Swimming is an excellent form of exercise for almost anyone. It burns kilojoules, increases cardiovascular fitness and improves the strength of nearly all of your body’s muscles. It also strengthens the core to build stability. It’s a low-impact exercise that reduces stress on weight-bearing joints, such as the knees and ankles. It’s an ideal choice for people with arthritis, back problems or a history of injury. It’s a fun way to socialise with friends and family, too.
If you’re a beginner, start with floating on your stomach. Then, move onto flutter kicks with your legs. After that, try to swim using the front crawl or freestyle stroke. This is a great stroke for beginners because it’s easy to use, requires minimal movement and is less tiring than other strokes.
The more consistent you are at your swim sessions, the faster you’ll learn. If you can manage two lessons per week, that’s even better because the skills compound on each other. You should also avoid swimming in inclement weather, such as rain, wind or thunder.
Having the ability to swim can save your life or the lives of those around you. Unfortunately, many adults do not know how to swim, often because they have a fear of water. This can be caused by a traumatic experience as a child or an irrational fear of drowning. Whatever the cause, learning to overcome this fear is crucial, as it may save someone you love one day.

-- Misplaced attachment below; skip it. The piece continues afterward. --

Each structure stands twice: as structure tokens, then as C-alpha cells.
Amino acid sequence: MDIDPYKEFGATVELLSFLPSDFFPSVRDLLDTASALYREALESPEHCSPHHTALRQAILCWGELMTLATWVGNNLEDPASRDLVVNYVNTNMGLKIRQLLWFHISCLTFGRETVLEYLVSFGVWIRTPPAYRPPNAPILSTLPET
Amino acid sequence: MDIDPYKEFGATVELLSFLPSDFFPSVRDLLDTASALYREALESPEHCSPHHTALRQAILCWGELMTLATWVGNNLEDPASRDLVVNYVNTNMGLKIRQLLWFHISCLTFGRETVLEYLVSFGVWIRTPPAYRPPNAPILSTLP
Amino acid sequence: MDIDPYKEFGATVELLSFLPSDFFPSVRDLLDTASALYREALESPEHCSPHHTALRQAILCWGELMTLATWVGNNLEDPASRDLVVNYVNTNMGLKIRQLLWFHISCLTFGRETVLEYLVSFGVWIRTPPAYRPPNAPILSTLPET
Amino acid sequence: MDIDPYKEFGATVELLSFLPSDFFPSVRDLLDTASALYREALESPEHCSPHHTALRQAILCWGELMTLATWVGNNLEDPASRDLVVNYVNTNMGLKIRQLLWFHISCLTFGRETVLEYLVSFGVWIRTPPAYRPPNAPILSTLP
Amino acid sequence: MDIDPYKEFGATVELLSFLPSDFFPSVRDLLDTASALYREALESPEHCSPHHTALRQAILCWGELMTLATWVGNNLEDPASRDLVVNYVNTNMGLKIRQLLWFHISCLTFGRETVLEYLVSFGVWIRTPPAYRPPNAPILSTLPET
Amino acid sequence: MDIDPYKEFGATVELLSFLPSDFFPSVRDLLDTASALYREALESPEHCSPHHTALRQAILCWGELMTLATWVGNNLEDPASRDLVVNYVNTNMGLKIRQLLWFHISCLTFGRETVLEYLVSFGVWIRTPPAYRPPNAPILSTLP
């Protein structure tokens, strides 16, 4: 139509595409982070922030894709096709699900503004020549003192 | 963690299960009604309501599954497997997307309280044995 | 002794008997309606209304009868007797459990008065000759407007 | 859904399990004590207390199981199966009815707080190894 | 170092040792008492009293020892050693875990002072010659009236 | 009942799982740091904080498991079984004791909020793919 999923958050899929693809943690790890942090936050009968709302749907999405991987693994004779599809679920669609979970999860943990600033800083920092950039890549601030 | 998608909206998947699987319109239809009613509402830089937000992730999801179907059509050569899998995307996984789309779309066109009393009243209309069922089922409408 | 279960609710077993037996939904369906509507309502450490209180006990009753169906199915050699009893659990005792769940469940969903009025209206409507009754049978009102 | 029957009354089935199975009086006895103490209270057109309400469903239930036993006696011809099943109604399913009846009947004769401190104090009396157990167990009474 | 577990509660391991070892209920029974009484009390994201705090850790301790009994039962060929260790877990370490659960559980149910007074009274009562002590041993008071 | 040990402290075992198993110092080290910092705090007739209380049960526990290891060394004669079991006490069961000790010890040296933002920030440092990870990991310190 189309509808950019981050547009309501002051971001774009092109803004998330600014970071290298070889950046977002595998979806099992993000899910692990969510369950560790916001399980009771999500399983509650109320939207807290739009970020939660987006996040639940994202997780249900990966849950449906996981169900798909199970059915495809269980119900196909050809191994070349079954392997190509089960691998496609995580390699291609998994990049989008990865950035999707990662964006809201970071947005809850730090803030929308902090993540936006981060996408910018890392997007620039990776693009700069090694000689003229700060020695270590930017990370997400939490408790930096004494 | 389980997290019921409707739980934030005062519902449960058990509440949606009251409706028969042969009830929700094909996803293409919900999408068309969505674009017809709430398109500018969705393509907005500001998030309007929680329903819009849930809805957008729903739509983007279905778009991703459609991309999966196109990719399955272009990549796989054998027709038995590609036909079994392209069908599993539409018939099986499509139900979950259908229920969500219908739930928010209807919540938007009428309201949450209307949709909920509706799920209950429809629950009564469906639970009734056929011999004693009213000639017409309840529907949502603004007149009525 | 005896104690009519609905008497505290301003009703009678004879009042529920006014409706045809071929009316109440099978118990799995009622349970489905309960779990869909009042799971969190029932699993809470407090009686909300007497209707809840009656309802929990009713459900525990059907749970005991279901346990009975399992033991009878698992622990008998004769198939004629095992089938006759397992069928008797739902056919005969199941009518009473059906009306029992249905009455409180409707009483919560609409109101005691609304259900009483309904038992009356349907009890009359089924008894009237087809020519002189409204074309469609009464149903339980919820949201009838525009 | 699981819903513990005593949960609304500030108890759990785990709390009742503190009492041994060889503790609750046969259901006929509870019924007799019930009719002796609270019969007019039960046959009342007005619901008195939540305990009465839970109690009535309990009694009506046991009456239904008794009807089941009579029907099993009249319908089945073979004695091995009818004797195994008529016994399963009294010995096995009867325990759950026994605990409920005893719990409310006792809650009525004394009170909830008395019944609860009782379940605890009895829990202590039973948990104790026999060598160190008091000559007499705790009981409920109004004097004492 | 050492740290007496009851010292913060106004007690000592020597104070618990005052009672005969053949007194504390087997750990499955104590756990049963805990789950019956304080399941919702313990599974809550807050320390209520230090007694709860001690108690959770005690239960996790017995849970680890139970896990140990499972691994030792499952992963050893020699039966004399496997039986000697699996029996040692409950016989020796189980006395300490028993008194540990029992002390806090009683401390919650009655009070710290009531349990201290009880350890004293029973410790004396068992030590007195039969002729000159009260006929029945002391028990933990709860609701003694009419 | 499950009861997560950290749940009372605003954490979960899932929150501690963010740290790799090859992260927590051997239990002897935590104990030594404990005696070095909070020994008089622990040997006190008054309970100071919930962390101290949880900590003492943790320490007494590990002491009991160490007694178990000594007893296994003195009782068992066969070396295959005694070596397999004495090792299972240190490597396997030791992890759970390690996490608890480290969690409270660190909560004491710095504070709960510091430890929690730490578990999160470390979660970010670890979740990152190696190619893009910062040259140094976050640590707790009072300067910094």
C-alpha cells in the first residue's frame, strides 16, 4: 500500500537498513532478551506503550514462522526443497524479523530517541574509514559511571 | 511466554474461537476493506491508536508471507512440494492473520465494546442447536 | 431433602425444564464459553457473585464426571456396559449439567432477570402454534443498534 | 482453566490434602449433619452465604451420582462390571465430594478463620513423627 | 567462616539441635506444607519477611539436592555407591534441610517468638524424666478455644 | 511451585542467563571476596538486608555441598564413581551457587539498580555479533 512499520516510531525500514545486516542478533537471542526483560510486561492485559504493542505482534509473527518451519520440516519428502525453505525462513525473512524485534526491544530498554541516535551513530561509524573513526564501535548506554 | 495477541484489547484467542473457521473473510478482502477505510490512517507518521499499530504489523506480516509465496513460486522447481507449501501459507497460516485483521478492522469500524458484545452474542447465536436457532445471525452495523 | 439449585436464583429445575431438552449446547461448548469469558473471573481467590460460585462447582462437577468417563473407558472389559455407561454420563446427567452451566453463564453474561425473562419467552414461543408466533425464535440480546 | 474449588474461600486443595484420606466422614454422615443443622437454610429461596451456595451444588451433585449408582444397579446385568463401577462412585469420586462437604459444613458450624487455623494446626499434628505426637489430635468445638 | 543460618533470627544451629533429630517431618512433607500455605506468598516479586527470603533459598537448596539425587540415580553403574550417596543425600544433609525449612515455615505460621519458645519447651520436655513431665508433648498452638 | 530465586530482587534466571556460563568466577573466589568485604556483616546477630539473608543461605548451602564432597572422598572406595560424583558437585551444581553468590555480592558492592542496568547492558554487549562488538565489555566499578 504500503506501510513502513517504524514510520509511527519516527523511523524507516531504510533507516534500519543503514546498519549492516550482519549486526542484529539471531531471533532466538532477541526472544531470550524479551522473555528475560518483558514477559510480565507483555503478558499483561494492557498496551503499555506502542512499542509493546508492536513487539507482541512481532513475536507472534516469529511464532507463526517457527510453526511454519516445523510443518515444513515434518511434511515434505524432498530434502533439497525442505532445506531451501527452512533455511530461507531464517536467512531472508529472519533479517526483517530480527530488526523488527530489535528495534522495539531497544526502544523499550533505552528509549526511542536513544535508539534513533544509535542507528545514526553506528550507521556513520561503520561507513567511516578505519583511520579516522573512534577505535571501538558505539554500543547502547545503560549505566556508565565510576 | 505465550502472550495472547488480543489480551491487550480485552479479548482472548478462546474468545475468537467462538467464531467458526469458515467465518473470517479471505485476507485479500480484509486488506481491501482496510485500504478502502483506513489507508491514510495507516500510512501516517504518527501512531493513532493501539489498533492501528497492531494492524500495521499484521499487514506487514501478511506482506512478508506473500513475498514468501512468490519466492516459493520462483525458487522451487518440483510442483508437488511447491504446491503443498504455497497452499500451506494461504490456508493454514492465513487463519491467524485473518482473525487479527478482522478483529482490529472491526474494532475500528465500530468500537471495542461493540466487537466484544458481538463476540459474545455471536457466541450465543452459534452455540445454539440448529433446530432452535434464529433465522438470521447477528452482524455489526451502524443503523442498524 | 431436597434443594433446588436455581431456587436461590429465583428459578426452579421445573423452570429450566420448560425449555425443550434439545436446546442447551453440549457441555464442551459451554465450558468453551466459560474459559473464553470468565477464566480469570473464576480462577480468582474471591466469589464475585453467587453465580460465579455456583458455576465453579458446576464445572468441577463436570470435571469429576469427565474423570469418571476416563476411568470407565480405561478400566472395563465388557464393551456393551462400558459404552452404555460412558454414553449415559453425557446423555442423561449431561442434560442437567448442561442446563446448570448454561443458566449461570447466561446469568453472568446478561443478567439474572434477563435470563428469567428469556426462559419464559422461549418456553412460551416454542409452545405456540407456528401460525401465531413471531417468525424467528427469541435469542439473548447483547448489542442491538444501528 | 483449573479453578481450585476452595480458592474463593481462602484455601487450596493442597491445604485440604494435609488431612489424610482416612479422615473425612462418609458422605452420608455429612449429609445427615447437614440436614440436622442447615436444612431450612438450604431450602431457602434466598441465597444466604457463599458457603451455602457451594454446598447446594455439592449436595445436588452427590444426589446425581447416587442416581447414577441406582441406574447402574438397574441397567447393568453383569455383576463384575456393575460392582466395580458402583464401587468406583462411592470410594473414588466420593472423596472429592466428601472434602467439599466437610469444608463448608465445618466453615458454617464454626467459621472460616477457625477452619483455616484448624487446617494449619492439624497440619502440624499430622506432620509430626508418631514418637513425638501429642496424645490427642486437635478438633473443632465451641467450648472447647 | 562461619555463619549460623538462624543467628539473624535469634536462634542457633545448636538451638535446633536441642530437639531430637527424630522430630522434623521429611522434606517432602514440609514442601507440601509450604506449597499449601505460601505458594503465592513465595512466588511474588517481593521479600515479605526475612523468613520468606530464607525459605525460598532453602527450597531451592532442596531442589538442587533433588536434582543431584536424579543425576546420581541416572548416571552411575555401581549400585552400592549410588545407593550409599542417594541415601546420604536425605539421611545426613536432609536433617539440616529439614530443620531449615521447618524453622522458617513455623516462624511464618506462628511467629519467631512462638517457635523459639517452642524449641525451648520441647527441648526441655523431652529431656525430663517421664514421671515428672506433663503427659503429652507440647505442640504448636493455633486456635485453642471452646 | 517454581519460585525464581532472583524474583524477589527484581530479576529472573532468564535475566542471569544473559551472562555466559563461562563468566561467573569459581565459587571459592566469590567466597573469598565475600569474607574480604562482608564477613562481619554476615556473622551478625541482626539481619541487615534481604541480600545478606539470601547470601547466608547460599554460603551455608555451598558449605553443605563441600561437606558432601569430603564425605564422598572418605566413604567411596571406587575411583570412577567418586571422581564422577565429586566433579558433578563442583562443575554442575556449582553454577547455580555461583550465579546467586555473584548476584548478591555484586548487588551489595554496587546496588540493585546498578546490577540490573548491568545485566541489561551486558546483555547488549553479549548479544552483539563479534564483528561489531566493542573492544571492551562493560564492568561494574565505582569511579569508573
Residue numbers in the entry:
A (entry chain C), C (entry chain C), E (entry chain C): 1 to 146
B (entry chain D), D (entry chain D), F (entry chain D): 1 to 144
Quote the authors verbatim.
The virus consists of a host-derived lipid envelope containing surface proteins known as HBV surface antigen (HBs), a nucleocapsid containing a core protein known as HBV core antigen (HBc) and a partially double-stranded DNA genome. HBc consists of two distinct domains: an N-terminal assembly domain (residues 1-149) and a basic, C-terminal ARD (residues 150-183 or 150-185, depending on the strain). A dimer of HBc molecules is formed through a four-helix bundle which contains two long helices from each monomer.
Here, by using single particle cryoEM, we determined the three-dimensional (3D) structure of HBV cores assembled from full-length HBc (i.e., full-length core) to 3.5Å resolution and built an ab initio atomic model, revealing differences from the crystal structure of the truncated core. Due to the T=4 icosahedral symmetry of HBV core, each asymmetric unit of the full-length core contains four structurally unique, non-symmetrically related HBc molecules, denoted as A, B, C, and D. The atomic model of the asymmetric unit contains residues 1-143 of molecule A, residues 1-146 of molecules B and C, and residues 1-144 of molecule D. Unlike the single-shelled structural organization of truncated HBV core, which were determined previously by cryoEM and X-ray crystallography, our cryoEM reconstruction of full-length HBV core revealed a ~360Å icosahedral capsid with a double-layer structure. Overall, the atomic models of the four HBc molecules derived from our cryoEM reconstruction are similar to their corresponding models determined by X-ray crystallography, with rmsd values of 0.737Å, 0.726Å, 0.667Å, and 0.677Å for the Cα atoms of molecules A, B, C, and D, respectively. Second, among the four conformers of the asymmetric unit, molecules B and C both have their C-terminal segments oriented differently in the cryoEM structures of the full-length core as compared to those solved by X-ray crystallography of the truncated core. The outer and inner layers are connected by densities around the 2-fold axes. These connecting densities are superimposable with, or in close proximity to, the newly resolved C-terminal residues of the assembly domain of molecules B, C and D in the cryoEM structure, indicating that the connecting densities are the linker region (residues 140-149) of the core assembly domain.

There are many health benefits associated with swimming, including:
The heart, lungs and brain all reap the rewards of regular swimming. The repetitive movements of swimming increase blood flow to the brain and boost your mood, helping you feel more alert. It also strengthens the body’s major muscle groups and increases lung capacity. It’s also a low-impact exercise that’s easy on the knees and hips, and reduces stress on the spine and back.
It is also an excellent choice for people with arthritis or other joint pain because it alleviates the pressure on these areas, while still providing a workout. The buoyancy of the water also provides support and reduces the risk of injury for people with muscle or bone conditions such as multiple sclerosis (MS).
Like all forms of exercise, swimming helps to release natural endorphins that boost your mood and relieve stress. It can also be a meditative activity, and can help you sleep better at night. You can also make swimming a social activity by joining a pool or squad, and this can be especially helpful for those who have trouble exercising alone. If you’re having trouble overcoming your fear, it is worth speaking to a professional therapist or psychologist who specialises in this area. They can offer advice and techniques to help you overcome your fears. They can also refer you to a swimming coach or instructor if necessary. Ultimately, the key is to keep trying and never give up. With patience and persistence, you will be able to conquer your fears.